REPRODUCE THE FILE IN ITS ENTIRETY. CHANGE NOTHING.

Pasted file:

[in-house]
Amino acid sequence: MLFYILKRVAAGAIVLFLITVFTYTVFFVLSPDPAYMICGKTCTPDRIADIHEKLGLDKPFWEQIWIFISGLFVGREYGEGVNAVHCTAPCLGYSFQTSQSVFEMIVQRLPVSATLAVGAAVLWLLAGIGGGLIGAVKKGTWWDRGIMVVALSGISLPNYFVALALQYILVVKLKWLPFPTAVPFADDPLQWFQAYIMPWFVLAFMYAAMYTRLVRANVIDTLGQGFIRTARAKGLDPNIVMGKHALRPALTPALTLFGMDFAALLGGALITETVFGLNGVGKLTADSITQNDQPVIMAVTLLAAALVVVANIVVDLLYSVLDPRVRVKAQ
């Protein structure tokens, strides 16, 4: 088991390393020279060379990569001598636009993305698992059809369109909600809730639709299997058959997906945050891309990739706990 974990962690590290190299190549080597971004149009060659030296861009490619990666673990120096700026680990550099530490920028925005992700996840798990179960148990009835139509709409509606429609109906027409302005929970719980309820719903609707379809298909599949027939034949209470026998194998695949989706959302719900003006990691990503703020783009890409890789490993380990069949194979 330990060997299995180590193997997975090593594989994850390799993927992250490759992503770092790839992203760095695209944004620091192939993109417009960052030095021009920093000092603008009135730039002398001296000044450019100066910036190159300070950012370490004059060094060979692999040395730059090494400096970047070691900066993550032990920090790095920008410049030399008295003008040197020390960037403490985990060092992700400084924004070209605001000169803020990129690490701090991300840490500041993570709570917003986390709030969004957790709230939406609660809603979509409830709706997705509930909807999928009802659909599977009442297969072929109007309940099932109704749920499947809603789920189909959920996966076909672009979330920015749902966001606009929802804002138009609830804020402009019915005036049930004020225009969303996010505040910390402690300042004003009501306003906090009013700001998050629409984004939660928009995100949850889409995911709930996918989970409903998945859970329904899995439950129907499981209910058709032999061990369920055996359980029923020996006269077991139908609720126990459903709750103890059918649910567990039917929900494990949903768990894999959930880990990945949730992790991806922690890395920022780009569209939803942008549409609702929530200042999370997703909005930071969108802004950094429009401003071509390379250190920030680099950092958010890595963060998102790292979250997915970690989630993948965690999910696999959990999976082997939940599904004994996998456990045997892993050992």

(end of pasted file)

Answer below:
[in-house]
Amino acid sequence: MLFYILKRVAAGAIVLFLITVFTYTVFFVLSPDPAYMICGKTCTPDRIADIHEKLGLDKPFWEQIWIFISGLFVGREYGEGVNAVHCTAPCLGYSFQTSQSVFEMIVQRLPVSATLAVGAAVLWLLAGIGGGLIGAVKKGTWWDRGIMVVALSGISLPNYFVALALQYILVVKLKWLPFPTAVPFADDPLQWFQAYIMPWFVLAFMYAAMYTRLVRANVIDTLGQGFIRTARAKGLDPNIVMGKHALRPALTPALTLFGMDFAALLGGALITETVFGLNGVGKLTADSITQNDQPVIMAVTLLAAALVVVANIVVDLLYSVLDPRVRVKAQ
């Protein structure tokens, strides 16, 4: 088991390393020279060379990569001598636009993305698992059809369109909600809730639709299997058959997906945050891309990739706990 974990962690590290190299190549080597971004149009060659030296861009490619990666673990120096700026680990550099530490920028925005992700996840798990179960148990009835139509709409509606429609109906027409302005929970719980309820719903609707379809298909599949027939034949209470026998194998695949989706959302719900003006990691990503703020783009890409890789490993380990069949194979 330990060997299995180590193997997975090593594989994850390799993927992250490759992503770092790839992203760095695209944004620091192939993109417009960052030095021009920093000092603008009135730039002398001296000044450019100066910036190159300070950012370490004059060094060979692999040395730059090494400096970047070691900066993550032990920090790095920008410049030399008295003008040197020390960037403490985990060092992700400084924004070209605001000169803020990129690490701090991300840490500041993570709570917003986390709030969004957790709230939406609660809603979509409830709706997705509930909807999928009802659909599977009442297969072929109007309940099932109704749920499947809603789920189909959920996966076909672009979330920015749902966001606009929802804002138009609830804020402009019915005036049930004020225009969303996010505040910390402690300042004003009501306003906090009013700001998050629409984004939660928009995100949850889409995911709930996918989970409903998945859970329904899995439950129907499981209910058709032999061990369920055996359980029923020996006269077991139908609720126990459903709750103890059918649910567990039917929900494990949903768990894999959930880990990945949730992790991806922690890395920022780009569209939803942008549409609702929530200042999370997703909005930071969108802004950094429009401003071509390379250190920030680099950092958010890595963060998102790292979250997915970690989630993948965690999910696999959990999976082997939940599904004994996998456990045997892993050992």